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Author Topic:   Bilge pump 18 Outrage
wildeone posted 12-23-2000 10:11 AM ET (US)   Profile for wildeone   Send Email to wildeone  
Anyone got any ideas on mounting or not mounting a bilge pump in the sump on an Outrage. Plan on leaving my boat on a mooring this year opposed to trailering.
Does the "pull the bow locker and back plug" theroy work to drain water or should a bilge pump be installed?


maverick posted 12-23-2000 11:14 AM ET (US)     Profile for maverick  Send Email to maverick     
I have an 85 18.6 Outrage, and when moored, i just pull the rear plug and leave out. It will take on a few cups of water, and in a torrential rain, water just runs out. Cool design. The front plug I leave in and keep that dry, as wet conditions continuously can rot an anchor line. In havey rain, water won't get in it as there is a lip around the top of the box, and when the door is shut, rain won't get in. Best, Maverick in South Carolina
Peter posted 12-23-2000 08:24 PM ET (US)     Profile for Peter  Send Email to Peter     

I have an 87 18 Outrage and I do the same thing as Maverick. Just pull the plug and leave it. Not too many boats you would dare do that on. ;)

maverick posted 12-24-2000 07:13 AM ET (US)     Profile for maverick  Send Email to maverick     
One other thing - I have a good friend with 1981 20' Outrage - virtually the same boat as my 18.6 - he was at the dock last year, couple of locals standing there admiring the 20 as he tied up and walked away (for a week). He stopped at the end of the dock, walked back to where they were standing, hopped back in his boat and said "he almost forgot" - he reached down in the bilge area, pulled the plug out, hopped up on the dock, and casually tossed the plug in the boat. "There, that outa do it..." He casually walked away, and the watchers almost flipped. Heh heh, score another point for Whaler owner confidence and ease. I love it. Best, Mav in SC
Peter posted 12-24-2000 08:02 AM ET (US)     Profile for Peter  Send Email to Peter     
Maverick, great story. I've got a similar one.

One of my friends on my dock nearly flipped out the first time I told him I just pulled the plug to bail the boat. He was fussing with his bilge pump as he seems to always be doing. From time to time he seeks my advice on various boating matters. This time he came over to me for some advice on what to do with his non-functioning pump. (He owns a Sea Swirl, my primary advice for him is "get a Whaler"). I told him that I can't help him on this one because I don't have a bilge pump, I have no experience with bilge pumps and further that I didn't want to have any "experiences" with any bilge pumps. Puzzled by this and thinking that I'm pulling his leg, he asked "how can you not have a bilge pump?" I explained to him the self bailing qualities of a Whaler and that I just pull the plug and leave it. Still not believing, after I sternly warned him not to try this on his boat, I demonstrated with the two of us standing in the boat behind the pedestal seats. A little water rushed into the bilge box as usual but that was it. He was amazed.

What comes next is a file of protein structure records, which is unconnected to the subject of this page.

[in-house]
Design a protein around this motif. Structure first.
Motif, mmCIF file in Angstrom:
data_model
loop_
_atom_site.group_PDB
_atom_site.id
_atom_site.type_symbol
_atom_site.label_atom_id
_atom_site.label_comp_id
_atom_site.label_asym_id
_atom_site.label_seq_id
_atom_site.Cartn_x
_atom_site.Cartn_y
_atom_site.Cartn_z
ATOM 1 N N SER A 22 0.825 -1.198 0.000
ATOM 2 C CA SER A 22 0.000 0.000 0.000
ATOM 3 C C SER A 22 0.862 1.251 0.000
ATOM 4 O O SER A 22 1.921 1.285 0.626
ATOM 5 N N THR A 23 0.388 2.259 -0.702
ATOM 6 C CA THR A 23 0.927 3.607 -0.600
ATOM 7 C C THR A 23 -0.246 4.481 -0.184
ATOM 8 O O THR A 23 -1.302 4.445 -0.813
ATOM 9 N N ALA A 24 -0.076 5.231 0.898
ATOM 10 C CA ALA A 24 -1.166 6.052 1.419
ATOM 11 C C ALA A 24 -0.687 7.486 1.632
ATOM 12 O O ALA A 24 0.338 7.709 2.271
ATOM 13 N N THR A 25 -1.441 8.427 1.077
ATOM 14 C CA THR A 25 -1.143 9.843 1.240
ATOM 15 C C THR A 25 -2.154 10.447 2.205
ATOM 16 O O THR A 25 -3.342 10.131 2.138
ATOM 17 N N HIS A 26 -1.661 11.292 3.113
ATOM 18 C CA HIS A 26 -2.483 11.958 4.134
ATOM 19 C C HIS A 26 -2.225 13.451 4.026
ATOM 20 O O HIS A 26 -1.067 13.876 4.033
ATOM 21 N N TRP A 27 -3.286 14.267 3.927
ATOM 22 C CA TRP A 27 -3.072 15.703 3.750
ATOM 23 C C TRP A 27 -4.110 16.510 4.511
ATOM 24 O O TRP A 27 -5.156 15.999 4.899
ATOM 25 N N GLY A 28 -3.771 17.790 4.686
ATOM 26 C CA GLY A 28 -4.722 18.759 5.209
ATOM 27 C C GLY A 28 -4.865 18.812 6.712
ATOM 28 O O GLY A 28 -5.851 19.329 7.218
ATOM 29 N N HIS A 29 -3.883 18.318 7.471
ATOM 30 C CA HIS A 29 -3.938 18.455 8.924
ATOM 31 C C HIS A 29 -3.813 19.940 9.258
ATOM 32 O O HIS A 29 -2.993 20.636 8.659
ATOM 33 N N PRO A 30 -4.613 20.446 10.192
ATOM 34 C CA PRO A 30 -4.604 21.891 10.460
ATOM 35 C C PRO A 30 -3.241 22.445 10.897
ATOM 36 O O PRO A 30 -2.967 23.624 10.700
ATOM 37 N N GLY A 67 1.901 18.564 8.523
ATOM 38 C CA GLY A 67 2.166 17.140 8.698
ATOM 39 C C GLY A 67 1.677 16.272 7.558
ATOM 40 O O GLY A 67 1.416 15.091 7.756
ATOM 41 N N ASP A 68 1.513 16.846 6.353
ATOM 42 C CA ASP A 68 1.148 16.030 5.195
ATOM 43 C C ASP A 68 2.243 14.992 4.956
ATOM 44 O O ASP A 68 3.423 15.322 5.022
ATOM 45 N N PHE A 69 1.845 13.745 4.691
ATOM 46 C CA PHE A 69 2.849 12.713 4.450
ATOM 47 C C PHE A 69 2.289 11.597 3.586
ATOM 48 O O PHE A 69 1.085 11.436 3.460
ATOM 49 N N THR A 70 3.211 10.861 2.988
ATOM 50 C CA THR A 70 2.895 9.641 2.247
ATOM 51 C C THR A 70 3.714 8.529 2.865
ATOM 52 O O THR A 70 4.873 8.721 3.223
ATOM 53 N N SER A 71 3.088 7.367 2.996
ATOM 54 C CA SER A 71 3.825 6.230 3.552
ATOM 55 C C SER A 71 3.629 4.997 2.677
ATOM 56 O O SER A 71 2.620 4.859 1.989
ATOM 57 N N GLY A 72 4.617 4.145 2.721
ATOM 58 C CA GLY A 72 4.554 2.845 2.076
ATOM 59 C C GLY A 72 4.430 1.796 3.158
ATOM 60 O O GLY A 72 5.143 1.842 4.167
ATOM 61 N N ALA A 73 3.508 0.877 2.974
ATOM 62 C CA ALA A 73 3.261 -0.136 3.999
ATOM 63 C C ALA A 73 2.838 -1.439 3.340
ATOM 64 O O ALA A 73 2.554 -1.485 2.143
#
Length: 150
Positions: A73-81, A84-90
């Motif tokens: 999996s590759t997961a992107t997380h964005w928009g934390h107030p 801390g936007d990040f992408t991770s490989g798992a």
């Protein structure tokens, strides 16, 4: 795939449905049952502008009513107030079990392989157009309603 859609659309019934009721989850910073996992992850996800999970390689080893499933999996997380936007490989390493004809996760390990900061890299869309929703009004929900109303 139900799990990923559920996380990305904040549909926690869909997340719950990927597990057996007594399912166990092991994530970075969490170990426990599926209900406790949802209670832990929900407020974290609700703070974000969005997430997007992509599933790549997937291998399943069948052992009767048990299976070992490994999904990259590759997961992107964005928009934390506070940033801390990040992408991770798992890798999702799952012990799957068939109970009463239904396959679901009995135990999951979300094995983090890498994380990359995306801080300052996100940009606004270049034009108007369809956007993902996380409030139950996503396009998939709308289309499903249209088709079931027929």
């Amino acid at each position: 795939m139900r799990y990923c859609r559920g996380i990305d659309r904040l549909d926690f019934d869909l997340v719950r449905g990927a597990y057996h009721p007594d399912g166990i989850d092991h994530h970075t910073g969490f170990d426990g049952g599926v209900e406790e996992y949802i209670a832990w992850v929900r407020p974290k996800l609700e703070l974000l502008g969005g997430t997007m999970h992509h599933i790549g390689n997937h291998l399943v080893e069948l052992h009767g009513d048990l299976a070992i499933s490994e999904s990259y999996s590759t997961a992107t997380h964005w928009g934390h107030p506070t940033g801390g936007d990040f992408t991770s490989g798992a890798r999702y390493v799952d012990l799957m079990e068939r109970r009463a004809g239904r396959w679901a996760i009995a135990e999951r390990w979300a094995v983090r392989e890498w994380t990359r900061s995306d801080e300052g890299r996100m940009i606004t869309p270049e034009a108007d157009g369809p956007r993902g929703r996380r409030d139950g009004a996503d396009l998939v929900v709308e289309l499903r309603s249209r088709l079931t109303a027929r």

jimh posted 12-26-2000 01:45 PM ET (US)     Profile for jimh  Send Email to jimh     
To add to the string of anecdotes:

This spring we trailered our 15-Sport up to Elk Rapids, Michigan, rolled her off the trailer and tied her up to a guest pier at the motel we were staying at. Overnight it rained several inches.

We forgot and left the drain plug in, so in the morning to bail the boat I just hopped on board and pulled the drain plug out. The boat drained itself in a few minutes. The incredible reserve floatation of the Whaler kept her floating right on her lines even with several inches of water in the cockpit.

Another motel guest with a small I/O runabout was not as lucky. The heavy rain had filled his bilge, the boat took on a list, all the water pooled on one side, eventually pulling the transom almost below the waterline.